Tuesday, March 5, 2013 |
Does this sound familiar? There's something you need to get done. You make a decision about how to do it. You hunker down and try to get to work. But then the phone rings. And e-mail pops up. You get distracted. You get sidetracked from what you're trying to accomplish. But Francesca Gino is here to help you stay the course. She's an associate business professor at Harvard Business School, and the author of a recent book, Sidetracked: Why Our Decisions Get Derailed and How We Can Stick With the Plan. She spoke with Nora Young on Spark recently about how you can make stronger decisions and avoid getting distracted from your goals.
"The biggest problem is that we do not realize that there are so many forces that sidetrack us," says Gino. We're not nearly as logical as we like to fancy ourselves. "We have a very very positive belief about how competent and amazing we are, but we often fail to meet those standards."
Different studies have shown that we humans have a tendency to overrate ourselves in a number of different areas. And while healthy self-esteem is a good thing to have, our delusional nature can derail our decisions, Gino explains. "One situation where I studied the consequences of having overly positive views of ourselves is in situations where we need to make a decision and we ask for other opinions," she says. "We tend to completely discount the advice we receive from others, even when the advice is actually quite good." Unsurprisingly, perhaps, the studies show that the more powerful you are, the less likely you are to listen to outside advice.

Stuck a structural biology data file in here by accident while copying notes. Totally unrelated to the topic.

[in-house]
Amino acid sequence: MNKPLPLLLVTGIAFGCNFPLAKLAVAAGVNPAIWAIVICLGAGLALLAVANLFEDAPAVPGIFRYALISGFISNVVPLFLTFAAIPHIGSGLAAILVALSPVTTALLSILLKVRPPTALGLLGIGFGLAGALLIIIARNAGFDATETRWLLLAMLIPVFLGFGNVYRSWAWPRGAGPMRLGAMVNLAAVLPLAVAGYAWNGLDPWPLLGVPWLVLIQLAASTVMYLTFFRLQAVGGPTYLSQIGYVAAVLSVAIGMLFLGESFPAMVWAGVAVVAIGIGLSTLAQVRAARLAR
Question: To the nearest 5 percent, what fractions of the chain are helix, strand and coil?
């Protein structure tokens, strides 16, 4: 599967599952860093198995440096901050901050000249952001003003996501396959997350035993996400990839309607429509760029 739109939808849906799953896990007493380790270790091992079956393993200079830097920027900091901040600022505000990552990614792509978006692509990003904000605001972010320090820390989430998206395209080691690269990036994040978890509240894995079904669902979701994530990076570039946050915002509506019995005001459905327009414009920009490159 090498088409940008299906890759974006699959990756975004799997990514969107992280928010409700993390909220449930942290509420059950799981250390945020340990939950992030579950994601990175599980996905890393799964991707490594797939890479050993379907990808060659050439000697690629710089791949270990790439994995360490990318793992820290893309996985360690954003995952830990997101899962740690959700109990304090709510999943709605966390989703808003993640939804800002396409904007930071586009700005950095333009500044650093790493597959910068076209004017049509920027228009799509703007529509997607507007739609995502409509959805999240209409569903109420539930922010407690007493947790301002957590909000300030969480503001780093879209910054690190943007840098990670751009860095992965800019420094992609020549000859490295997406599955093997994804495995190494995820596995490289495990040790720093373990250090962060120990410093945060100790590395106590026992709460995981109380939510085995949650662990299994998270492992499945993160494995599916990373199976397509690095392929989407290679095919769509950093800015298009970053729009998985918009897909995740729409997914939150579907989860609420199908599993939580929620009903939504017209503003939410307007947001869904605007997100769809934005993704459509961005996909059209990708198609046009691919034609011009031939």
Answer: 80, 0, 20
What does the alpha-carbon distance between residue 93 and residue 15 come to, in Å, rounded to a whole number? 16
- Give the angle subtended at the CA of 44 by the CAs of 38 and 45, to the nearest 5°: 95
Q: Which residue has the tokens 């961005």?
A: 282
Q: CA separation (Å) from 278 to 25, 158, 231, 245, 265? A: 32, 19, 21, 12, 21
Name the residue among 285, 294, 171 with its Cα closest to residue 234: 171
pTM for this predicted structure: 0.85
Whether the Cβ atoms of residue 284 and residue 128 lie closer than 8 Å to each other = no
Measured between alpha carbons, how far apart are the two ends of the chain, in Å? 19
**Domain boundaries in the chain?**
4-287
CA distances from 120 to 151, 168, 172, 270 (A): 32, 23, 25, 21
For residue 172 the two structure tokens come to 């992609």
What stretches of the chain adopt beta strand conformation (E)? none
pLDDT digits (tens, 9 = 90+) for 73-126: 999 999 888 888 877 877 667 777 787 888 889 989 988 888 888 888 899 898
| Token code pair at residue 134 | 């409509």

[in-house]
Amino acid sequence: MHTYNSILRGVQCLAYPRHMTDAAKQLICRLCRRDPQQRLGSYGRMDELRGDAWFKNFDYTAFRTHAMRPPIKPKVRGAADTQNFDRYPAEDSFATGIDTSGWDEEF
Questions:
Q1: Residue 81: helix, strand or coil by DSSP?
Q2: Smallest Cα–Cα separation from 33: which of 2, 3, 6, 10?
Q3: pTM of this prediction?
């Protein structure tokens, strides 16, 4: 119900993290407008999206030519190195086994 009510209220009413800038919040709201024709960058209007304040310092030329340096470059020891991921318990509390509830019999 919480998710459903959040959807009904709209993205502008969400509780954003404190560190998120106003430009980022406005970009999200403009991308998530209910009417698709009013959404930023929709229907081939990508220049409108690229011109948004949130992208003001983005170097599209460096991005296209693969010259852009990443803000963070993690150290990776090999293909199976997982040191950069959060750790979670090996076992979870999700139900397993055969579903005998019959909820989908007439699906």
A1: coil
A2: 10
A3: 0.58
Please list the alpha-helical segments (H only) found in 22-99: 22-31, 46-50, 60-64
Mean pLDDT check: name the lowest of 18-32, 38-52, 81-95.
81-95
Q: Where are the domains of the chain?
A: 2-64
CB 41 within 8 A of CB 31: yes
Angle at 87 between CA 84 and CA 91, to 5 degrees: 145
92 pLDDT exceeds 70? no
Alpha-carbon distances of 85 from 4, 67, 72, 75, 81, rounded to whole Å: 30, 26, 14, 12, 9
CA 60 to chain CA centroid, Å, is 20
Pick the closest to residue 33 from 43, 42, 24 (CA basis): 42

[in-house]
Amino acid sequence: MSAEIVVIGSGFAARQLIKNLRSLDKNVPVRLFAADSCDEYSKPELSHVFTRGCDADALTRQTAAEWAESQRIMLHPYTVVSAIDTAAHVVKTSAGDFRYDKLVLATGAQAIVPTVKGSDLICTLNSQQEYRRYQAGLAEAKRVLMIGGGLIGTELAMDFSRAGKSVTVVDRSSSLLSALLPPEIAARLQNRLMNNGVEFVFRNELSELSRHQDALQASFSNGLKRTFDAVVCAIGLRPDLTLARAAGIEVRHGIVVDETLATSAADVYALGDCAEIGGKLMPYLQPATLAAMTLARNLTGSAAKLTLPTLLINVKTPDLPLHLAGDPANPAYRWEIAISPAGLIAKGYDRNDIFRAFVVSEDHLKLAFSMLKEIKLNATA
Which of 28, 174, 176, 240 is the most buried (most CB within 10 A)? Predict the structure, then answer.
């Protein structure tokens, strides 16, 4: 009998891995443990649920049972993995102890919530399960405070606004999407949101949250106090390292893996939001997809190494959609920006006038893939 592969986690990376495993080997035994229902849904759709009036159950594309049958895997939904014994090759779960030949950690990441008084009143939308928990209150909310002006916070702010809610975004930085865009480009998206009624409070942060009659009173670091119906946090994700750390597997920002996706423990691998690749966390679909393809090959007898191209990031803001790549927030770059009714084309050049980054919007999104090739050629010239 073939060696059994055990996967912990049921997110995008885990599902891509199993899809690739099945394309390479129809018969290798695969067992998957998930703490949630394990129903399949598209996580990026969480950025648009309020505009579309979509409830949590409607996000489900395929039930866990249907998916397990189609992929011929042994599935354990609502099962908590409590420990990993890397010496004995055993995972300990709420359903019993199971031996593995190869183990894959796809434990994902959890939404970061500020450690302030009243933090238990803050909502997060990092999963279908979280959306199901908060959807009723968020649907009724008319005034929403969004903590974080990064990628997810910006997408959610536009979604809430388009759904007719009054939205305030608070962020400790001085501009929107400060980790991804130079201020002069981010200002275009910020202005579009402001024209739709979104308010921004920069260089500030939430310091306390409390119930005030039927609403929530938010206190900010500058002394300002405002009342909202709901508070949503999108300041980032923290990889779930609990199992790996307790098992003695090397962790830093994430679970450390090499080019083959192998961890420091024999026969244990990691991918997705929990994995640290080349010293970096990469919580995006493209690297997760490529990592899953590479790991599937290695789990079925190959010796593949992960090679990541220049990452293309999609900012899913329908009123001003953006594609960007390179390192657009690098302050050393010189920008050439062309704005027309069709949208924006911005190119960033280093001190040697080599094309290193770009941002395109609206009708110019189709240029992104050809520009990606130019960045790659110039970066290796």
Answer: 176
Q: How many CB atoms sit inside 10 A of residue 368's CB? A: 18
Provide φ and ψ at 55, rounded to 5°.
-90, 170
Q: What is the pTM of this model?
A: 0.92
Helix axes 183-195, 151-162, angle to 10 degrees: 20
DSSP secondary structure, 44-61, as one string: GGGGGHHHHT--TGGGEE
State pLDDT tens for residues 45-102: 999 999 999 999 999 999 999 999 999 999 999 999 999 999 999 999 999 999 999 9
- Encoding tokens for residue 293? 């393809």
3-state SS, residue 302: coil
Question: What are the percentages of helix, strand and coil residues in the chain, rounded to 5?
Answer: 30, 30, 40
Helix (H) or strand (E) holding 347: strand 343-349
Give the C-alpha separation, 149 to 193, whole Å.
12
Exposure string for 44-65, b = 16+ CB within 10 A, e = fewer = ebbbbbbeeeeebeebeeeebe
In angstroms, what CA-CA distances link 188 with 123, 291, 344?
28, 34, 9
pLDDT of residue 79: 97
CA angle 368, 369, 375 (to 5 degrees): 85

Gino's book also talks about the very human tendency to get "tunnel vision," and only realizing our mis-steps long after the fact. "We get very focused on our side of the problem," says Gino. "We are too focused on the information we have, thinking that is the right perspective on the problem...we forget to take a step back and look at the problem from a broader perspective."
When faced with a problem or a decision, Gino suggests "zooming out" as a technique to counterbalance our own personal biases. "Too often we look at a situation from our own perspective and we don't consider how others might see the same situation," she says. "What we find is that others have different ideas, different opinions, different perspectives and they may be quite helpful in helping us reach better decisions."
In the book, Gino talks about other techniques to counteract our bad instincts. "I talk about raising your awareness," she says. "It sounds simple, but I think we should take it very carefully, recognizing that we are not always the best or most competent person in the room."
Know thyself, and better decisions will follow.